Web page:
Ethics of Limitless Freedom of Speech

Cassie Follman '16, opinion editor

Freedom of speech has always been seen as an ultimate right of people. Often understanding how far this extends has been a topic of dispute. While some arguments state that freedom of speech and expression should be unlimited, others propose that there should be restrictions. Opposing sides can hardly ever seem to meet an agreement, and although both of them each have valid points, I cannot completely agree with one or the other.

The Charlie Hebdo tragedy was awful. Such actions are indisputably horrible, and cases against them cannot be argued. However, one must also question whether the magazine should have been more considerate. Although it is important for people to express their views and have the freedom to do so, people must understand that a certain amount of respect is commanded with personal opinions and beliefs.

As a writer for the newspaper, and an avid believer that everyone should have the right to their own opinion, I think that it is incredibly important for people to have the freedom to express themselves. In correlation to my writing for The Peddie News and in everyday life, it is also vital for me to consider how my writing and expression affects other people. I am in no way accepting the reaction from extremists in the Charlie Hebdo situation; however, to ignore the fact that the material released must be treated with the utmost scrutiny before publishing is to choose to disregard one of the most crucial aspects of publishing or producing any kind of work.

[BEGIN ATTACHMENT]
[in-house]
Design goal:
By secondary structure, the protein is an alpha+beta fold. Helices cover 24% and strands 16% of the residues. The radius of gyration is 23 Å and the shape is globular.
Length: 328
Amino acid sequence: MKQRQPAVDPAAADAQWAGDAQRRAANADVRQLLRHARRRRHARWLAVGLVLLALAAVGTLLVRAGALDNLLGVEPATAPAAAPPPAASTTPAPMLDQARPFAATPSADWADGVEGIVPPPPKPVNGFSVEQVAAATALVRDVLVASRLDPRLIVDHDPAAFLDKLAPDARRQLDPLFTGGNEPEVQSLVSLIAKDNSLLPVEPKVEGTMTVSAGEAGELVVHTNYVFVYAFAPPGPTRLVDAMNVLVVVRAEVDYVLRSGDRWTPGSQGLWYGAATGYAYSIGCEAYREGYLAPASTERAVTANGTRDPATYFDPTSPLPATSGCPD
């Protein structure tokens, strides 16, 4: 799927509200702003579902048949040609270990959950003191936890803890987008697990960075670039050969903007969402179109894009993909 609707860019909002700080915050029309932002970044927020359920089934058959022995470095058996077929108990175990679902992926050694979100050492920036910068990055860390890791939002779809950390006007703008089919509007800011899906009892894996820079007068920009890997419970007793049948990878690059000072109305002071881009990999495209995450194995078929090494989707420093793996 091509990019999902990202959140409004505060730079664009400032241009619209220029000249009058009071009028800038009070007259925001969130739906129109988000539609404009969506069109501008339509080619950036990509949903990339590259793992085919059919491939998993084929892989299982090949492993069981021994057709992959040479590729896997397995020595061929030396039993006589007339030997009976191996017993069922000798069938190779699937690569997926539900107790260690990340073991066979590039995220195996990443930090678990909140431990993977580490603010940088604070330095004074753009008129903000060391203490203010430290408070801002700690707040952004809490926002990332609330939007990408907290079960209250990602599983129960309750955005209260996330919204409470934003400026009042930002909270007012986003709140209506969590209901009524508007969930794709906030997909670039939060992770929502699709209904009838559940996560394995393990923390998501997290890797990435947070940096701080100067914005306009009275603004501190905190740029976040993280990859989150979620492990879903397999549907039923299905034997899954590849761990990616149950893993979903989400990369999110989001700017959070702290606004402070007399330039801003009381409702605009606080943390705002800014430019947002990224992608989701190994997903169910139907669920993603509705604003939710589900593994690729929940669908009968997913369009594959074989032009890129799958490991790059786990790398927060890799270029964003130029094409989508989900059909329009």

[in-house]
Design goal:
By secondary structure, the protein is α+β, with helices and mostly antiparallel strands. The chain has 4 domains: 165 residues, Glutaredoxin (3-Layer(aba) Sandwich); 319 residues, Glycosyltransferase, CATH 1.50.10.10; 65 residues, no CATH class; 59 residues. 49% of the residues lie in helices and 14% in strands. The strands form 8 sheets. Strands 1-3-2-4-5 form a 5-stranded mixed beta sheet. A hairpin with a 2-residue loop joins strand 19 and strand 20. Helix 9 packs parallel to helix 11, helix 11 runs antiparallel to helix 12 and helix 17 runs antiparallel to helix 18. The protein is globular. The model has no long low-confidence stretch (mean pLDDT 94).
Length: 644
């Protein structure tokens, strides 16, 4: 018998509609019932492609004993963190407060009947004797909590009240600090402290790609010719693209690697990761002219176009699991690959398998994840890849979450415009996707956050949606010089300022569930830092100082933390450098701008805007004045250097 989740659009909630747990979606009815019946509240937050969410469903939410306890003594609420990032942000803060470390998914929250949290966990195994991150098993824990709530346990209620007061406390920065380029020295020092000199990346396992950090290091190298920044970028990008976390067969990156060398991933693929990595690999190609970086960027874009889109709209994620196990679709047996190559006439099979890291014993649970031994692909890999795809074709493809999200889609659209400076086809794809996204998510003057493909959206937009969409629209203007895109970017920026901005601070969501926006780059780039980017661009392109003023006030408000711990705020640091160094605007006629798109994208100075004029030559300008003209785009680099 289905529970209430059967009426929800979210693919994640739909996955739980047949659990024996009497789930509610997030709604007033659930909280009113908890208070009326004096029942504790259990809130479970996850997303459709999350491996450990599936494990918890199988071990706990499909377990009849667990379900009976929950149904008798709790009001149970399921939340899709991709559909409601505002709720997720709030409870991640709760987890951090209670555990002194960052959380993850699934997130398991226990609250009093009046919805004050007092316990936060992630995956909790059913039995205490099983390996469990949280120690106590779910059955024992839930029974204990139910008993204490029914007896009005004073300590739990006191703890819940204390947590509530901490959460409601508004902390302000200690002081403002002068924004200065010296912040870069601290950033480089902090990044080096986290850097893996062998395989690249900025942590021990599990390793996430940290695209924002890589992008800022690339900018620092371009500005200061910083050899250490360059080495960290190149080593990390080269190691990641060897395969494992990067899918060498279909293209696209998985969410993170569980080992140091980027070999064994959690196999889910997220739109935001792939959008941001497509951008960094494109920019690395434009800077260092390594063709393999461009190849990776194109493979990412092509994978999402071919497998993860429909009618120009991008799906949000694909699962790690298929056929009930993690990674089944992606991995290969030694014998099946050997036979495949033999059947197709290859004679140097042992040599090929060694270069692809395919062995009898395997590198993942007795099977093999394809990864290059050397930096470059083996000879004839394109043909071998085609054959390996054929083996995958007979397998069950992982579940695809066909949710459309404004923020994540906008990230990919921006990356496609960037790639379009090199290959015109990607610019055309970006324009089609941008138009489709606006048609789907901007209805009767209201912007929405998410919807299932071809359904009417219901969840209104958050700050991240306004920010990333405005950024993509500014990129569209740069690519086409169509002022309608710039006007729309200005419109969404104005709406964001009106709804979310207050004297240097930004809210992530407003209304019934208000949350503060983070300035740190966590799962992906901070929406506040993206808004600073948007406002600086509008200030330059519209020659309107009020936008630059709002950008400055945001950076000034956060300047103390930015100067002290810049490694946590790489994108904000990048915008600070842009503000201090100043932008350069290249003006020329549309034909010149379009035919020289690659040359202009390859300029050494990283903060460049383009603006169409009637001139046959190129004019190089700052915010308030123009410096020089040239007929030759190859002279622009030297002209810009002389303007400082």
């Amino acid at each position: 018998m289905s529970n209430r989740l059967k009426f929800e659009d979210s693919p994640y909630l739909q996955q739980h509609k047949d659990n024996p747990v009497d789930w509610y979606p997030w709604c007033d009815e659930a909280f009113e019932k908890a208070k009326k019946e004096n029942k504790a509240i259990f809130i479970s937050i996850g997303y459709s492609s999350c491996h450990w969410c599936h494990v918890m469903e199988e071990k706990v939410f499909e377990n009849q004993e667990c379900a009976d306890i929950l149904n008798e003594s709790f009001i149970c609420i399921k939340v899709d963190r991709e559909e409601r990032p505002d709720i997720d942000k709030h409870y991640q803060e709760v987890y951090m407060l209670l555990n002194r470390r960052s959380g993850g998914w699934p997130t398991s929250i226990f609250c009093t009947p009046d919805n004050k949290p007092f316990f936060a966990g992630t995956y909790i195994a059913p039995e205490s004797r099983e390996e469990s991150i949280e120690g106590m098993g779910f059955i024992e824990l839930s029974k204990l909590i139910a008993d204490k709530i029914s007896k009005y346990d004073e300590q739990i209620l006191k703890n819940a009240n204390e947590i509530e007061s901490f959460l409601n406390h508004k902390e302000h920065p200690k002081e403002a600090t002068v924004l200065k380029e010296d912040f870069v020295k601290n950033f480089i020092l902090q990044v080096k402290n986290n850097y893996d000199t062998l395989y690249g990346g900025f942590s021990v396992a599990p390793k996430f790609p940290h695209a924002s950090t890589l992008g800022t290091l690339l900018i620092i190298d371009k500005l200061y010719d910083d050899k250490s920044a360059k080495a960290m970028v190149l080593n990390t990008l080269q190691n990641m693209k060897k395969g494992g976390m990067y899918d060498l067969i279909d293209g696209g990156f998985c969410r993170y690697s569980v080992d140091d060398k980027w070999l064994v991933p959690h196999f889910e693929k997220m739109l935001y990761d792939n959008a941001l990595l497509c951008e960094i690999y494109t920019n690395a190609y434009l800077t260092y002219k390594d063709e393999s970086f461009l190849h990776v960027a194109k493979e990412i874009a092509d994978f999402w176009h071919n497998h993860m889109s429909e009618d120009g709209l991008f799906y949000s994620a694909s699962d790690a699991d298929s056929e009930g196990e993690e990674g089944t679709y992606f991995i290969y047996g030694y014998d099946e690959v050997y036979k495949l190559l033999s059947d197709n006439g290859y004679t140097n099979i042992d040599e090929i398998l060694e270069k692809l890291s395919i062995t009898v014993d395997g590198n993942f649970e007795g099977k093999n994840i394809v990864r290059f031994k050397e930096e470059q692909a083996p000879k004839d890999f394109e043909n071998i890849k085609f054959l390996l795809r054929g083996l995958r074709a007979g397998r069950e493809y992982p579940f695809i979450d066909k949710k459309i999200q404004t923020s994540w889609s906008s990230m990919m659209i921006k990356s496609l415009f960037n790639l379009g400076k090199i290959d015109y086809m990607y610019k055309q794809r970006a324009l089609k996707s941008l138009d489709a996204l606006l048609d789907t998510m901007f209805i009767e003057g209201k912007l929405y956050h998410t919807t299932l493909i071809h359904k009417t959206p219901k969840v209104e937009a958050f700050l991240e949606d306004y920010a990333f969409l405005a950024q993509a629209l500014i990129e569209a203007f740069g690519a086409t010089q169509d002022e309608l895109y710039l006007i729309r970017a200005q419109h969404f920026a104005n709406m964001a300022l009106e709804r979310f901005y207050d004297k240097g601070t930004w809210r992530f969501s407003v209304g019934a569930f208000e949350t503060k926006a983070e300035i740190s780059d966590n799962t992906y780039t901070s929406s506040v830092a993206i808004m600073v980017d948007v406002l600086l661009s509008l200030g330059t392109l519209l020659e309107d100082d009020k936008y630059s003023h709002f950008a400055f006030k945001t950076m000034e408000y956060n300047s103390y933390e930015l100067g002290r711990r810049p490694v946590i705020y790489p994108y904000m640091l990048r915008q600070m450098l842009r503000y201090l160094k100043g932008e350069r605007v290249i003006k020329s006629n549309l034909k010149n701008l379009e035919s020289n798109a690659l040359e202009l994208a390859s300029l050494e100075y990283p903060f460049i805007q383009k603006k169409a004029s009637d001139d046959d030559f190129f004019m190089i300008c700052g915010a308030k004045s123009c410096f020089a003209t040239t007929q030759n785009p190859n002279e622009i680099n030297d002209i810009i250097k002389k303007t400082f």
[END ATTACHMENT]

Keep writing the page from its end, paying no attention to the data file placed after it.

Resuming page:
Throughout the reporting of the case, many news sites refused to publish the images that depicted Muhammad in a disrespectful manner. While I firmly believe that religion or other personal opinions deserve a higher respect than integrity of work, I question the ethics of publishing the cartoons and whether or not there is a line that should not be crossed when it comes to media.

Another concerning aspect is the response following the terrible event in which twelve employees were killed and eleven others were injured. The magazine chose to have yet another image of Muhammad on their cover, and the Je Suis Charlie movement was also sparked. I am concerned that those in charge of the content did not consider the fact that what they chose to publish resulted in the deaths of their employees. I don’t believe that the magazine is in any way at fault, nor do I believe that media and news (even satire) should be censored out of fear.

If progress is ever going to be made concerning this debate, there has to be more open discussion and reflection on what constitutes as right when it comes to press and media.